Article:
International Monetary Fund chief Christine Lagarde on Wednesday urged the European Central Bank to take further steps to stabilize the eurozone's economy.
Lagarde told reporters that the world economy is experiencing a decline in confidence, driven by doubts about the ability of European and U.S. leaders to manage financial problems. She said European leaders should maintain a "crisis management mode" as they seek to address the debt crisis.
Lagarde's comments come a day before the ECB meets to decide on interest rates. Lagarde noted recent comments by the bank's president, Mario Draghi, to do "whatever it takes" to save the euro.
More can be done," Lagarde said, adding that low inflation allows for more aggressive steps to strengthen the euro.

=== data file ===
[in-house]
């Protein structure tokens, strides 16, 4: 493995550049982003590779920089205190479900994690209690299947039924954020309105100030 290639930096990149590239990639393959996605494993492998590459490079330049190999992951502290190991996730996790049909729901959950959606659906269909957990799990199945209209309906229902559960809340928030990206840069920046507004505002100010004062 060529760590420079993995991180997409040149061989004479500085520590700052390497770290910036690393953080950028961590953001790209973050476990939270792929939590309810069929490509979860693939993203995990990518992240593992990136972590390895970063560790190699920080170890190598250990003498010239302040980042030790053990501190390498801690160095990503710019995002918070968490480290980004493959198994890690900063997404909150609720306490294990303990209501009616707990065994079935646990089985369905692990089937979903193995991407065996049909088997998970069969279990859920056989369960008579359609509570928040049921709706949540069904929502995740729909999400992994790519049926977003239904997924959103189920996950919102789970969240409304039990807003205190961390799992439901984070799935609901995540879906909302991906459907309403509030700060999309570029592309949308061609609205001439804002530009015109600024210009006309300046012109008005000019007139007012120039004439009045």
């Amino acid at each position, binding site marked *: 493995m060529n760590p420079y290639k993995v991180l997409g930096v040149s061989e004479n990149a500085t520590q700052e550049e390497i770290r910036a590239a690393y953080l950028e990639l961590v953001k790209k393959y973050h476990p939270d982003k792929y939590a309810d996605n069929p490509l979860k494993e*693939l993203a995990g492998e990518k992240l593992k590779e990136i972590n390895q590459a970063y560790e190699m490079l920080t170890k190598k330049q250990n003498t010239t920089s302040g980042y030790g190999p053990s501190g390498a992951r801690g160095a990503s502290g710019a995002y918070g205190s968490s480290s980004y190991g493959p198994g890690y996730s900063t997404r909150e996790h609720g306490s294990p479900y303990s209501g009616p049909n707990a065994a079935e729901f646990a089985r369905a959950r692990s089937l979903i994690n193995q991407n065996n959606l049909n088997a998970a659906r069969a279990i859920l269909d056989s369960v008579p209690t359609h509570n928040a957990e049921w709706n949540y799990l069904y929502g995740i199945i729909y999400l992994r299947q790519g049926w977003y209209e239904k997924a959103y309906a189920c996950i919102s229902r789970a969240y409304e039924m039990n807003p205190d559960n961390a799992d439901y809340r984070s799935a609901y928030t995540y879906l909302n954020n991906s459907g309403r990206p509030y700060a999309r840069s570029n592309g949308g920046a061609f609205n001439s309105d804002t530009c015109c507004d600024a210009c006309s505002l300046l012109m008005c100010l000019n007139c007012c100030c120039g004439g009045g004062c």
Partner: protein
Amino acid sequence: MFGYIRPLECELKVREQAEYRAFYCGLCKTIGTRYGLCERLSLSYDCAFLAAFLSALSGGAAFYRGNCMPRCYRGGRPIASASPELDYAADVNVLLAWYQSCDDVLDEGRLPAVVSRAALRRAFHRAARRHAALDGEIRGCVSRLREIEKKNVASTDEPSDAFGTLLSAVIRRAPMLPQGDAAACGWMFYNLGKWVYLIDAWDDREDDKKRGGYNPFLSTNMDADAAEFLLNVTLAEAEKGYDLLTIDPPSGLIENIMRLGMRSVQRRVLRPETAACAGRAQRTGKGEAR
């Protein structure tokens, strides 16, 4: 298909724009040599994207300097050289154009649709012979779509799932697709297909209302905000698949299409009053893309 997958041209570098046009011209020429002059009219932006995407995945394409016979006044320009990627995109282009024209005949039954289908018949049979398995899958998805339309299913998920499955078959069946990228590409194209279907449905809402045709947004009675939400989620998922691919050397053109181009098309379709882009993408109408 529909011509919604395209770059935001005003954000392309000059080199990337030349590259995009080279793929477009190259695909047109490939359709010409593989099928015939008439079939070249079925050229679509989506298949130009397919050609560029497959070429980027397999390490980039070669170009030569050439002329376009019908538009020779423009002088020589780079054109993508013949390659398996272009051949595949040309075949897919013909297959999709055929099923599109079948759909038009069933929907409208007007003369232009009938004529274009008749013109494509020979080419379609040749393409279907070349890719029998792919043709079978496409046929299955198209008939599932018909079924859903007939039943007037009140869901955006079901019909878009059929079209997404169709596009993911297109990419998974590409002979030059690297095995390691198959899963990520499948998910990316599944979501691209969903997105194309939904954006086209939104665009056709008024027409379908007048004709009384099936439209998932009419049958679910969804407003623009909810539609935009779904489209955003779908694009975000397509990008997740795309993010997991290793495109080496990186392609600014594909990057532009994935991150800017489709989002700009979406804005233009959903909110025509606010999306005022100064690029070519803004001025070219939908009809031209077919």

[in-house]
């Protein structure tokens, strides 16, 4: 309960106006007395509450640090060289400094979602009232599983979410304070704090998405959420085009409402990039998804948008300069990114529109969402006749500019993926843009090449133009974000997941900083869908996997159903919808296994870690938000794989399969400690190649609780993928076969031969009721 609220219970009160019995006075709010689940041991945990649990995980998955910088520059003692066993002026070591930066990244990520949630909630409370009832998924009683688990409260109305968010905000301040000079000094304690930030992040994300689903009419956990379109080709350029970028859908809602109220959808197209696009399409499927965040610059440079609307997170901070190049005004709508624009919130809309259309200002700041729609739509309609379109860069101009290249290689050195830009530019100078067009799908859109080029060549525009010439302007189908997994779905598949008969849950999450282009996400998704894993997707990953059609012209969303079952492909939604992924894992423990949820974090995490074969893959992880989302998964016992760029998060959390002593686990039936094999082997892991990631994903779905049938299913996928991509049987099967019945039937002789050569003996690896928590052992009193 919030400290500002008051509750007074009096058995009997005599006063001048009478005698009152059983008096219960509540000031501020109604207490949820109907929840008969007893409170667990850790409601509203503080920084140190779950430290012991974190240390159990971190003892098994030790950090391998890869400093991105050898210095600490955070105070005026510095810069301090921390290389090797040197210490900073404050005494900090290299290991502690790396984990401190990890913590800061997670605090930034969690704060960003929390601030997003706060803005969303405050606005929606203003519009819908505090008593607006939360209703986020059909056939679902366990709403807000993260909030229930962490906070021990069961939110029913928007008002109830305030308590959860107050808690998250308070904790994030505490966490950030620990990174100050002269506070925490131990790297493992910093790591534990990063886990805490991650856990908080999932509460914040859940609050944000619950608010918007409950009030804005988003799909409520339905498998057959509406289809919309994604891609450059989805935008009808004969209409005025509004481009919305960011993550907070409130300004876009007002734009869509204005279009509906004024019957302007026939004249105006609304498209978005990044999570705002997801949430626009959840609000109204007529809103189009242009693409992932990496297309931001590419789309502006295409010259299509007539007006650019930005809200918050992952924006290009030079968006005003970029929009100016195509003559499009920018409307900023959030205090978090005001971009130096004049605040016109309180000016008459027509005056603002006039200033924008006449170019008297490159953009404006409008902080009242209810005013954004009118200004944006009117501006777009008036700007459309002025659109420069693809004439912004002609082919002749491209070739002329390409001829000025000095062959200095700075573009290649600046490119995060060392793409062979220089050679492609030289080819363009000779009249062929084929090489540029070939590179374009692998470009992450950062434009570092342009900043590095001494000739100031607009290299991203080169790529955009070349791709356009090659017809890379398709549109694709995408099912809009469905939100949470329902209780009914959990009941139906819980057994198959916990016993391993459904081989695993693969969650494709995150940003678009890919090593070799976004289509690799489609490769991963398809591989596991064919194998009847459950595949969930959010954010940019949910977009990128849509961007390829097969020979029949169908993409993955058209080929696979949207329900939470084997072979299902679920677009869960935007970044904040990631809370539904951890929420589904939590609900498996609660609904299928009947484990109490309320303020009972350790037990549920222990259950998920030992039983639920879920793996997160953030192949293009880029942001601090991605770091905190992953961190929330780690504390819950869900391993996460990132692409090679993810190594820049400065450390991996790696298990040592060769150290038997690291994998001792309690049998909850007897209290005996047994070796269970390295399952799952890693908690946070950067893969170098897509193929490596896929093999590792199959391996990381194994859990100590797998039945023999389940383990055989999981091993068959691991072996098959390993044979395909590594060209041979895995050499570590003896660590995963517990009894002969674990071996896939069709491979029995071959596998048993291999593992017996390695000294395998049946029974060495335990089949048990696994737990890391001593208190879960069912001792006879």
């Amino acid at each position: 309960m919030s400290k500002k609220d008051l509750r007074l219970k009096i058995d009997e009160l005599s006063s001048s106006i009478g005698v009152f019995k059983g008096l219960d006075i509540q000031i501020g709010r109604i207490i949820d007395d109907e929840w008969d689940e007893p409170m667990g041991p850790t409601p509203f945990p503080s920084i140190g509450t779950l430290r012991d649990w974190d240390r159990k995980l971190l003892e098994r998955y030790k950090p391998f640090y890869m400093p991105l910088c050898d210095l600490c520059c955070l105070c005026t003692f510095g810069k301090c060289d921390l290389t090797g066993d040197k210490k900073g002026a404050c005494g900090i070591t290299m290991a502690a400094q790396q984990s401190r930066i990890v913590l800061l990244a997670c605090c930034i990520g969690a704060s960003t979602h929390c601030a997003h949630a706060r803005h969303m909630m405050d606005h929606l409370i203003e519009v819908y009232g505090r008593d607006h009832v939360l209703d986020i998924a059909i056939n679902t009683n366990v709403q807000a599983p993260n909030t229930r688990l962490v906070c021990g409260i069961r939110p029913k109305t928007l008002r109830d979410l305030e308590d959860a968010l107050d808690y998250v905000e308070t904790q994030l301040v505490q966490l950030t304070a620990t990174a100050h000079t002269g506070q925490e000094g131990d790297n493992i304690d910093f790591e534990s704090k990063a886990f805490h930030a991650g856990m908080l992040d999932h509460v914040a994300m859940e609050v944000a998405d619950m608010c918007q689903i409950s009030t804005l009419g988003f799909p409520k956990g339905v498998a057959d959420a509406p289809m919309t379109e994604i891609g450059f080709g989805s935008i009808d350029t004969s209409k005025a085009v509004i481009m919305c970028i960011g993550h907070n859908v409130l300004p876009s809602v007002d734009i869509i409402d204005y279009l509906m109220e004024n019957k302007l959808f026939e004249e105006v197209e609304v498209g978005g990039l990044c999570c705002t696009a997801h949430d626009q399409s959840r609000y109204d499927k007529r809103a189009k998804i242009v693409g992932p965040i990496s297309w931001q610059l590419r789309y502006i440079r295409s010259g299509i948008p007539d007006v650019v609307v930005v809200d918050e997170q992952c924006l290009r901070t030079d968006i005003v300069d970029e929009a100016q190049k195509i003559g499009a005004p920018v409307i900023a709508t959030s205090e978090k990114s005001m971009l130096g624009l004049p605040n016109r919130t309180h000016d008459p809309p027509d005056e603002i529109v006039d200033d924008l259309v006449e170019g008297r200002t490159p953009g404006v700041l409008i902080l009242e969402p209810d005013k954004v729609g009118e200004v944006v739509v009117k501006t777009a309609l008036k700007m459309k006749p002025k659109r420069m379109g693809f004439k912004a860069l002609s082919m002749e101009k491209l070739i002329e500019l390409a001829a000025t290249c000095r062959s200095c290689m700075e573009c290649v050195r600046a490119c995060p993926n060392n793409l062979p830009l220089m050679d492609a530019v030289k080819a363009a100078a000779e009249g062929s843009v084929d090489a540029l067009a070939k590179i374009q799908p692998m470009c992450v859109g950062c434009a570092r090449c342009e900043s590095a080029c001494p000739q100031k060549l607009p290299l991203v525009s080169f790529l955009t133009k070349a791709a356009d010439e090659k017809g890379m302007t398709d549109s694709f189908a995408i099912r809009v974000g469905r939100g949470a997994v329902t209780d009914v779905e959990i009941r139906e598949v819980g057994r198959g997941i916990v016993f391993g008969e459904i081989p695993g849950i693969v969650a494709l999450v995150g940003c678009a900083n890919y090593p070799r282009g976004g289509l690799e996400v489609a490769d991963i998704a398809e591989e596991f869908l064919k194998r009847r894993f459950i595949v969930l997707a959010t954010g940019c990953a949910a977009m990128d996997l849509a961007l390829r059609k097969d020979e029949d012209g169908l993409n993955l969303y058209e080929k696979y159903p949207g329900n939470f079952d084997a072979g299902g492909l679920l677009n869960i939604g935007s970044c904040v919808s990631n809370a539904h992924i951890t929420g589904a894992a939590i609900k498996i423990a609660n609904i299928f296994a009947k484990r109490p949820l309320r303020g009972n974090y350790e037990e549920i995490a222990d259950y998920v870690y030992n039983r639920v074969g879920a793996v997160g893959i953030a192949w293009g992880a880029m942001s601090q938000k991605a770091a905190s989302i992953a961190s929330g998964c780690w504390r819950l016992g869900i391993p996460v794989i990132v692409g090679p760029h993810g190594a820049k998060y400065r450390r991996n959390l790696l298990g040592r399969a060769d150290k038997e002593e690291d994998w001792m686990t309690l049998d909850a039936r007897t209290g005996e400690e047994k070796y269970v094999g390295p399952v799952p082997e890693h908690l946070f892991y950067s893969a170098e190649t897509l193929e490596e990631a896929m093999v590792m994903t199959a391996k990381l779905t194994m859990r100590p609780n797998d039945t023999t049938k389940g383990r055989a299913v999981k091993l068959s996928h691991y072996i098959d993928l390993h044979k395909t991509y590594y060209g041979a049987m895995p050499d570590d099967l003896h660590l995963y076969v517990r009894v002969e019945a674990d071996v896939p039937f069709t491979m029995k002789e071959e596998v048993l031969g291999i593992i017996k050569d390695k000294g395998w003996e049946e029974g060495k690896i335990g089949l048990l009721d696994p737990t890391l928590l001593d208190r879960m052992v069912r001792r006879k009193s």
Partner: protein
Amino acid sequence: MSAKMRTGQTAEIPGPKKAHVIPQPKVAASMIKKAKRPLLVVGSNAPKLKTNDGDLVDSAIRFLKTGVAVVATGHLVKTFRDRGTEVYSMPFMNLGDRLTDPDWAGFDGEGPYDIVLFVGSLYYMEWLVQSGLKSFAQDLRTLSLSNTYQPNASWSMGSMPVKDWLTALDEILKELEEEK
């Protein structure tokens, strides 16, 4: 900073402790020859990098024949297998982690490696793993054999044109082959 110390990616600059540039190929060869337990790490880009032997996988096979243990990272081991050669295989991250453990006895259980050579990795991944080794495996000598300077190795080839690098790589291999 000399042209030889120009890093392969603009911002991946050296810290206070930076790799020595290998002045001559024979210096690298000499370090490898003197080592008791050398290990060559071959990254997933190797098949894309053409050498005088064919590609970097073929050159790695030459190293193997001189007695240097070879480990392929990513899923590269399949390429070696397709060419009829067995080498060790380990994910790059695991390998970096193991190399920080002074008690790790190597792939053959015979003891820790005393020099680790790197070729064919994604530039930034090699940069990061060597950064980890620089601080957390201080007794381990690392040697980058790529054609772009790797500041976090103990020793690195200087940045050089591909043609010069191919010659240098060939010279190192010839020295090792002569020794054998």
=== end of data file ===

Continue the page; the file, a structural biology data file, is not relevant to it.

Draghi has said the ECB could intervene in bond markets and push down high borrowing rates that are threatening heavily indebted governments such as Spain and Italy with financial collapse. But he hasn't said what the bank might do.
High bond market borrowing rates drove Greece, Ireland and Portugal to take bailout loans from the other euro countries in order to keep paying their debts.
Aside from monetary policy, Lagarde said the eurozone needs structural reform to bolster investor confidence in the euro. She called for more centralized supervision of the eurozone banking system and a unitary fiscal policy.
She said that the IMF would keep working with Greece, where leaders of a new fragile coalition government are in talks over further austerity measures needed for Athens to remain in the international loan program that is protecting it from bankruptcy.
Debt monitors from the IMF, ECB and European Union are in Greece for an inspection and are pressing the government to make up for past delays in long-term structural reforms aimed at reducing the size of the public sector.
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